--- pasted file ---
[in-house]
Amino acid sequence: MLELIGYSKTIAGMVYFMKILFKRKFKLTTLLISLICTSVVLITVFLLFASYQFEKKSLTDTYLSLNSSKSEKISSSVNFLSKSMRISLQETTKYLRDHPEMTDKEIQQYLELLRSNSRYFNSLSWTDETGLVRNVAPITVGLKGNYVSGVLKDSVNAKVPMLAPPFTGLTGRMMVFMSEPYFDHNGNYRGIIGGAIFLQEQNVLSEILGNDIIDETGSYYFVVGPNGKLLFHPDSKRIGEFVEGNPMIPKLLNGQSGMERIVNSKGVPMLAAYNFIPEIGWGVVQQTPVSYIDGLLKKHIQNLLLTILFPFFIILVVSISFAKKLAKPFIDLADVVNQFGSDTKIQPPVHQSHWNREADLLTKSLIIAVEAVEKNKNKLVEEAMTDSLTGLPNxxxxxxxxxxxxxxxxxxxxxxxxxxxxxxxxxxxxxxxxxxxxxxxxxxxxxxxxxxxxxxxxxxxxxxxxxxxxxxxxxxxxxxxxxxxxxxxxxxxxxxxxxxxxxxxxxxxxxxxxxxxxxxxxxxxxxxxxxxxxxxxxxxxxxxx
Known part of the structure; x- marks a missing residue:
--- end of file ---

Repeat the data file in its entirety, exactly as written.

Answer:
[in-house]
Amino acid sequence: MLELIGYSKTIAGMVYFMKILFKRKFKLTTLLISLICTSVVLITVFLLFASYQFEKKSLTDTYLSLNSSKSEKISSSVNFLSKSMRISLQETTKYLRDHPEMTDKEIQQYLELLRSNSRYFNSLSWTDETGLVRNVAPITVGLKGNYVSGVLKDSVNAKVPMLAPPFTGLTGRMMVFMSEPYFDHNGNYRGIIGGAIFLQEQNVLSEILGNDIIDETGSYYFVVGPNGKLLFHPDSKRIGEFVEGNPMIPKLLNGQSGMERIVNSKGVPMLAAYNFIPEIGWGVVQQTPVSYIDGLLKKHIQNLLLTILFPFFIILVVSISFAKKLAKPFIDLADVVNQFGSDTKIQPPVHQSHWNREADLLTKSLIIAVEAVEKNKNKLVEEAMTDSLTGLPNxxxxxxxxxxxxxxxxxxxxxxxxxxxxxxxxxxxxxxxxxxxxxxxxxxxxxxxxxxxxxxxxxxxxxxxxxxxxxxxxxxxxxxxxxxxxxxxxxxxxxxxxxxxxxxxxxxxxxxxxxxxxxxxxxxxxxxxxxxxxxxxxxxxxxxx
Known part of the structure; x- marks a missing residue: